FCC club lunch with Thitinan PONGSUDHIRAK
Speaker: Thitinan PONGSUDHIRAK
Political scientist at Bangkok’s Chulalongkorn University
Visiting fellow at Stanford University’s CDDRL-Humanities Center
Topic: Thailand’s withdrawal symptoms: democracy and monarchy in transition
Thailand’s political brinkmanship has reached a crescendo. Violence between the red-shirted United Front for Democracy Against Dictatorship and the security forces under Prime Minister Abhisit VEJJAJIVA and the army have claimed 28 lives since demonstrations began in mid-March. More violent clashes could be on the cards should the red-shirt protesters not support Prime Minister Abhisit’s proposed election timetable for polls to take place in November. An election may be an immediate way out of the crisis, but a long-term solution will require Thailand to address properly a host of structural issues.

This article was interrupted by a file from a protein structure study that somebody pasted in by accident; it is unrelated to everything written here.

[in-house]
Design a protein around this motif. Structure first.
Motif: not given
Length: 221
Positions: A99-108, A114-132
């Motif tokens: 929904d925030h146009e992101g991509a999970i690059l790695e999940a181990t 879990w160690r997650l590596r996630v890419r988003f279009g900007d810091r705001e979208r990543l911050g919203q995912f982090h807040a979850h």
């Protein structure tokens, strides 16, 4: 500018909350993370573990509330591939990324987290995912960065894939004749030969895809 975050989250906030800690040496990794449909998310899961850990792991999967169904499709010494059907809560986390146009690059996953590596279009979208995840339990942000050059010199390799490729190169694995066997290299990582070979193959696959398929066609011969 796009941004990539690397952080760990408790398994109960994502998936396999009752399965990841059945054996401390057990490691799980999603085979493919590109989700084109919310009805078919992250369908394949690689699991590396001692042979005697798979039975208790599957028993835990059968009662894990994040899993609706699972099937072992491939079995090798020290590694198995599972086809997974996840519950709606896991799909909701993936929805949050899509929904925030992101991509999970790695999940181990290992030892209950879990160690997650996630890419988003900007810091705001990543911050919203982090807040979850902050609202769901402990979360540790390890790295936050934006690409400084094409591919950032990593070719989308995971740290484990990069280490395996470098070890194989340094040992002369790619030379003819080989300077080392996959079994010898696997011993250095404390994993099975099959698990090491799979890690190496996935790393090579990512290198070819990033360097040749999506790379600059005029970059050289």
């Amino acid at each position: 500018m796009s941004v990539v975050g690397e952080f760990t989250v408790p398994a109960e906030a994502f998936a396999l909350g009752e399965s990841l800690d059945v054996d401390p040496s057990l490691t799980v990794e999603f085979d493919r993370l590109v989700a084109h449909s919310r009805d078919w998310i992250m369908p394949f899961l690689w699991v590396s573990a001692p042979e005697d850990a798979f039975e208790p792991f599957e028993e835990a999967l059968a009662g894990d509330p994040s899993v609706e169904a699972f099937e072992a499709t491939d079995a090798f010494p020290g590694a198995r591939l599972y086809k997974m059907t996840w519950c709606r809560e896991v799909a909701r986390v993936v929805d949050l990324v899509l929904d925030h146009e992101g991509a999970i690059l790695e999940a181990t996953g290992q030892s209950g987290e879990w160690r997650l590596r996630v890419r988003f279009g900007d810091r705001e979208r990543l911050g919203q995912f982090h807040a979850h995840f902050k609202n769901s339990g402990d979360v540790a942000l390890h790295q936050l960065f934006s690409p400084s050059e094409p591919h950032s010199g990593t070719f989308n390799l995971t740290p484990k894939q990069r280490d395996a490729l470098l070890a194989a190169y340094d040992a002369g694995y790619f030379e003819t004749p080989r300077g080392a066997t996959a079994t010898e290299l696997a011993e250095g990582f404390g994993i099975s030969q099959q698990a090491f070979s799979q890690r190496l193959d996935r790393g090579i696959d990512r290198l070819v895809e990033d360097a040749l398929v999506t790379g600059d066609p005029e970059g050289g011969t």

These dramatic developments have been the culmination of Thailand’s spiraling crisis and confrontation over the past five years. They are symptoms of a wider transition and transformation of its democratic development and monarchical succession. Thailand has landed in uncharted waters where continuity is needed at a time when change cannot be denied. It is in a deep-seated socio political withdrawal that accompanies the dusk of a remarkable reign. Picking up the pieces will require compromise and the development of a new consensus.
Thitinan PONGSUDHIRAK is a political scientist at Bangkok’s Chulalongkorn University and a recent visiting fellow at Stanford University’s CDDRL-Humanities Center A frequent commentator in the international media on Thailand’s political turmoil, he received his doctorate degree from the London School of Economics and a master’s from the School of Advanced International Studies of the Johns Hopkins University.